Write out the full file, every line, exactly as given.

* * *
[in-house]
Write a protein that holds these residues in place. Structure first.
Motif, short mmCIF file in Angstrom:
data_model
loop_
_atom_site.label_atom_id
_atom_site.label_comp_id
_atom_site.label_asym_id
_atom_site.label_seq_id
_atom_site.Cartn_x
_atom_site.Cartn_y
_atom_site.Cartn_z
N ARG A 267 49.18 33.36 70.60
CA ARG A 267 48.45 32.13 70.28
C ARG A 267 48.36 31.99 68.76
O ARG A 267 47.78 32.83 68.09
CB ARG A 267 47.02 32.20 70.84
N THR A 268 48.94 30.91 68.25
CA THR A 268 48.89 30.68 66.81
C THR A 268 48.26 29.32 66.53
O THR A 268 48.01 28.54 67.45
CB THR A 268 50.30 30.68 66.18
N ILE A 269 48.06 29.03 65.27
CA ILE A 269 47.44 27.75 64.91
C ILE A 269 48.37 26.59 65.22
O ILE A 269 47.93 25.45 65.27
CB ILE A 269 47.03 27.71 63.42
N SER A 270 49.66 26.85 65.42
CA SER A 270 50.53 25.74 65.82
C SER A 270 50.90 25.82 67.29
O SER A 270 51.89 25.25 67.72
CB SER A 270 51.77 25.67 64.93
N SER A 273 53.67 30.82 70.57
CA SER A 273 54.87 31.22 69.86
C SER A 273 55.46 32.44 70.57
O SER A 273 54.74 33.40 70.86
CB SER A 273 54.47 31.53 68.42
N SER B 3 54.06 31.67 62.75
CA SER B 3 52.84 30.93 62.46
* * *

[in-house]
Write a protein that holds these residues in place. Structure first.
Motif, short mmCIF file in Angstrom:
data_model
loop_
_atom_site.label_atom_id
_atom_site.label_comp_id
_atom_site.label_asym_id
_atom_site.label_seq_id
_atom_site.Cartn_x
_atom_site.Cartn_y
_atom_site.Cartn_z
N ARG A 267 49.18 33.36 70.60
CA ARG A 267 48.45 32.13 70.28
C ARG A 267 48.36 31.99 68.76
O ARG A 267 47.78 32.83 68.09
CB ARG A 267 47.02 32.20 70.84
N THR A 268 48.94 30.91 68.25
CA THR A 268 48.89 30.68 66.81
C THR A 268 48.26 29.32 66.53
O THR A 268 48.01 28.54 67.45
CB THR A 268 50.30 30.68 66.18
N ILE A 269 48.06 29.03 65.27
CA ILE A 269 47.44 27.75 64.91
C ILE A 269 48.37 26.59 65.22
O ILE A 269 47.93 25.45 65.27
CB ILE A 269 47.03 27.71 63.42
N SER A 270 49.66 26.85 65.42
CA SER A 270 50.53 25.74 65.82
C SER A 270 50.90 25.82 67.29
O SER A 270 51.89 25.25 67.72
CB SER A 270 51.77 25.67 64.93
N SER A 273 53.67 30.82 70.57
CA SER A 273 54.87 31.22 69.86
C SER A 273 55.46 32.44 70.57
O SER A 273 54.74 33.40 70.86
CB SER A 273 54.47 31.53 68.42
N SER B 3 54.06 31.67 62.75
CA SER B 3 52.84 30.93 62.46